Do We Need More Validation Because of IBD?

I have been thinking a lot about validation and why it is so important to me. Maybe too important, to be honest.

It is common for all of us to want the approval of others. With social media so prevalent in our lives, many of us also care about the opinions of strangers or “online family.” We often measure the latter by likes, comments, shares, and/or the number of followers or friends we have on social media platforms.

 I feel a huge need for those people close to me to validate my feelings, thoughts, actions and opinions.

Not all of the time, but in certain situations. For example, when I am in a disagreement with a loved one, I try very hard to show the other person that I understand their side. I may not agree with their stance on something but I do my best to bring up things about the person’s past (if relevant) and tie it all into the conversation taking place. I do that because it is how I would want someone to approach me.

I do tend to go on a little too much sometimes in an effort to get the person I am communicating with to grasp the fact that I am trying my hardest to see the situation from their point of view. Because I always have that on my mind, I expect the same thing in return. When I don’t get that back, it upsets me. It makes me doubt myself in some cases. It also frustrates me because I try so hard to validate someone else’s actions or experiences so when someone else fails to do that for me, I often wonder if they see my side at all, or if they think any of the points I am trying to make have any merit.


I am thinking of one person in particular right now who actually said “F Validation” to me during an argument. This was said to me after I spent quite a bit of time letting him/her know that I acknowledge and understand where this person was coming from. This left me wondering why I couldn’t get this person to even validate one thing I said. I couldn’t get him/her to even thank me for trying my hardest to get it from the other side, which was difficult, trust me. ; )

Anyway, this has come up a good amount over the past year and it has made me think more deeply about the topic. It has made me question why I need validation from certain people. It has also made me wonder why it is not enough for me to know that I am making good points or bringing up things that do matter.

This is what I have come up with…

I personally do not feel like a situation or argument with someone is over to the point where I can move on and let it go until I feel like the other person at least gets where I am coming from. They don’t have to agree with me but at least acknowledge my side. If my side isn’t acknowledged, then I have no reason to believe the situation won’t come up again.

I think being diagnosed with ulcerative colitis (UC) at such a young age has really caused me to have a lot of self esteem issues.

Not only from the usual things that people who suffer from inflammatory bowel disease (IBD) have to deal with directly (ex. body image issues), but more than that. Throughout my life, I have had to explain myself more times than anyone should in order to get someone to believe me. I know that is the case for so many of you living with Crohn’s Disease or ulcerative colitis.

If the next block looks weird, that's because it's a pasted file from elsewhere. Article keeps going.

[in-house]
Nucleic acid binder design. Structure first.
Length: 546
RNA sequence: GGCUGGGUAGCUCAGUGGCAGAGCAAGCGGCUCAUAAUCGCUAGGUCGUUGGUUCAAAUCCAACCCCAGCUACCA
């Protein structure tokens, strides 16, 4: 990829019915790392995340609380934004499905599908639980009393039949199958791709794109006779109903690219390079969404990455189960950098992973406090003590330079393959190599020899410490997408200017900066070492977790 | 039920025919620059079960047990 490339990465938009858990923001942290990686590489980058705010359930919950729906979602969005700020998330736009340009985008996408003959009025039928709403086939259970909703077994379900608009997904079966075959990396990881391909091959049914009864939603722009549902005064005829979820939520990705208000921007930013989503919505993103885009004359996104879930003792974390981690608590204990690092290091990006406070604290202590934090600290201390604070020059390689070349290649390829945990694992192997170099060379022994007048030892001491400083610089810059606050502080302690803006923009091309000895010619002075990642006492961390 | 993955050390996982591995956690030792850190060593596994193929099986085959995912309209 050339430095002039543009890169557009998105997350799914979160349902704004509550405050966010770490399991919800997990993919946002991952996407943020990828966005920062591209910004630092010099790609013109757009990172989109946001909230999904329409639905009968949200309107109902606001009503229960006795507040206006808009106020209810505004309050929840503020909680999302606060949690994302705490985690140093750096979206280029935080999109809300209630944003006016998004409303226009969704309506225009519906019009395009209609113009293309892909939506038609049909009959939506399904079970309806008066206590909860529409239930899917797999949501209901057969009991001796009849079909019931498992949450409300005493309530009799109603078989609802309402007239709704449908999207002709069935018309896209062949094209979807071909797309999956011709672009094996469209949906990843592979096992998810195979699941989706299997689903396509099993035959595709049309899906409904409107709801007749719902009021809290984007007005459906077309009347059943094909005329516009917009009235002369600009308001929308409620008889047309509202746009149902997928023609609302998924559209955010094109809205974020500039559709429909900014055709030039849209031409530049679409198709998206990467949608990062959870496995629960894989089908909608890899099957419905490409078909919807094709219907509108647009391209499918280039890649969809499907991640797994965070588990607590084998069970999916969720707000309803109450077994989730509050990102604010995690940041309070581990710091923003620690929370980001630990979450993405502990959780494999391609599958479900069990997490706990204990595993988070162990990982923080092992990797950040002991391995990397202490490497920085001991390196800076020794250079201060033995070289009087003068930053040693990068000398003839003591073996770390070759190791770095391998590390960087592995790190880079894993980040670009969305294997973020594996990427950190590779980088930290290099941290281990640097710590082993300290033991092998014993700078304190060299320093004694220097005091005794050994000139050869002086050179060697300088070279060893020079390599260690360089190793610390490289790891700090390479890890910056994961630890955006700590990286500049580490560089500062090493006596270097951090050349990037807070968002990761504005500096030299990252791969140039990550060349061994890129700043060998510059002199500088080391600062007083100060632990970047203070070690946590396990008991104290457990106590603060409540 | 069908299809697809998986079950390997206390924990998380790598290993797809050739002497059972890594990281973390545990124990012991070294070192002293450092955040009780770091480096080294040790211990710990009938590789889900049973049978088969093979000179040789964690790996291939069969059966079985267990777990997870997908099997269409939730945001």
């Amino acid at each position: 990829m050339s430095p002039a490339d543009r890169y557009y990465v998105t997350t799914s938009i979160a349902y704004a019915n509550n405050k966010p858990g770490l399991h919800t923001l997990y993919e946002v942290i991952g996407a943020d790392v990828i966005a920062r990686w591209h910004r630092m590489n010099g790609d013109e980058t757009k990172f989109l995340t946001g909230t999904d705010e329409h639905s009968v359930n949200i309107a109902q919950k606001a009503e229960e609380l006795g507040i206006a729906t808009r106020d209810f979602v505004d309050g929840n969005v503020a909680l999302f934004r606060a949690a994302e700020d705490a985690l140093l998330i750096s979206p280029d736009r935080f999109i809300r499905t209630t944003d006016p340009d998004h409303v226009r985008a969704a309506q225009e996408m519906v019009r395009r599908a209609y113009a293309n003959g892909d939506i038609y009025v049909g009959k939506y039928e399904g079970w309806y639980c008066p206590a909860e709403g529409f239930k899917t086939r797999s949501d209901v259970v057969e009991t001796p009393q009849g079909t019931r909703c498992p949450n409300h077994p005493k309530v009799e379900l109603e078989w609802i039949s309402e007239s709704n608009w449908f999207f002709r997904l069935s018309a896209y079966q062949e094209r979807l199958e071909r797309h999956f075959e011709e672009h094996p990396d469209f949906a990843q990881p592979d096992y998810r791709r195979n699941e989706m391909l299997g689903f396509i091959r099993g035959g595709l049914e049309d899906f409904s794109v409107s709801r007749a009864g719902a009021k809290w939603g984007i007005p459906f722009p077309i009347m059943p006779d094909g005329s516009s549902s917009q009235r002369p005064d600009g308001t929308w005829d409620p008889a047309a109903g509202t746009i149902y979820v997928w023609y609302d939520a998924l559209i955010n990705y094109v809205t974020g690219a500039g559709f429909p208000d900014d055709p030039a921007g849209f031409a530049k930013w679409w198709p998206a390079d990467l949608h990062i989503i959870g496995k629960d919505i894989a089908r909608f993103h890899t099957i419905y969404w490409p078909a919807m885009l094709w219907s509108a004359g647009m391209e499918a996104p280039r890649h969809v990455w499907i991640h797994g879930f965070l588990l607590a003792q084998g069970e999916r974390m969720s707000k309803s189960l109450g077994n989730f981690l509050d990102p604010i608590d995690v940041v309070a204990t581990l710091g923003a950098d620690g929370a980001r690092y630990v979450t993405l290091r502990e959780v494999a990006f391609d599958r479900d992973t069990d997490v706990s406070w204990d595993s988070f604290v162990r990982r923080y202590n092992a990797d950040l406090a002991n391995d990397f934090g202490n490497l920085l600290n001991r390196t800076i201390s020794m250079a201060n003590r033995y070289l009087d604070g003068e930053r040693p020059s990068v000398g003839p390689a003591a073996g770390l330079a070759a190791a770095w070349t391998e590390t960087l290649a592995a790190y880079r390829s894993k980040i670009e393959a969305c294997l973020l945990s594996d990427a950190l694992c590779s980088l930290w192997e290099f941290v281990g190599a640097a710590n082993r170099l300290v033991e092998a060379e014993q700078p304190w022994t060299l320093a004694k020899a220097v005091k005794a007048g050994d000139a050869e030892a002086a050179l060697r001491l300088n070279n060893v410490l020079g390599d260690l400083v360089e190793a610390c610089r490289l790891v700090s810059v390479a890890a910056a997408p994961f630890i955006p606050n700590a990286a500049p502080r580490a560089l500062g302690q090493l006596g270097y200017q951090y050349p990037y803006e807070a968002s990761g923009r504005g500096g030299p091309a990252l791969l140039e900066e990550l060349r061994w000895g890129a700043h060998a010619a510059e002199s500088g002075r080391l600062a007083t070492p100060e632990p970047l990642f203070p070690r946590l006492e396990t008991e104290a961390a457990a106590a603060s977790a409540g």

Having an invisible, chronic illness that many people don’t understand is exhausting for so many reasons. One of which is that someone either has to trust everything you say about your body as fact, or you are stuck trying to get rid of the doubts that some may have about how truly ill you are.

There have been so many times in my life that my family and doctors didn’t believe me, which only caused me to doubt myself. I even had a teacher who insisted that I was faking to get out of a test because I looked fine. It is awful to live a life where barely anyone understands what it is you are going through. It can make you feel like you are complaining for no reason. It has led me to believe that things were all in my head, when it absolutely was not.

I could go on but I think you get the gist.

Living with inflammatory bowel disease (IBD) can cause a lot of issues that go far beyond the physical.

I wanted to bring up my need for validation in certain situations because it has been on my mind for quite some time. I hope any of you reading this who can relate in some way knows that you are not alone. I also want to let you guys know that needing to know other people understand you or your side of things is a very “normal” thing to want in your life. There is nothing wrong with you for needing a little extra validation because of some of your past experiences.

However, it is important to remind yourself (and I need to do this too) that not everyone thinks that way. Not everyone feels a need to show you they understand it. Some people feel that some things go without saying. Meaning, there is no need to state the obvious. While that honestly pisses me off to hear, I am trying to continue to work on being more secure with who I am.

Can any of you relate? Have any tips? I would love to hear them!

This article represents the opinions, thoughts, and experiences of the author; none of this content has been paid for by any advertiser. The InflammatoryBowelDisease.net team does not recommend or endorse any products or treatments discussed herein. Learn more about how we maintain editorial integrity here.

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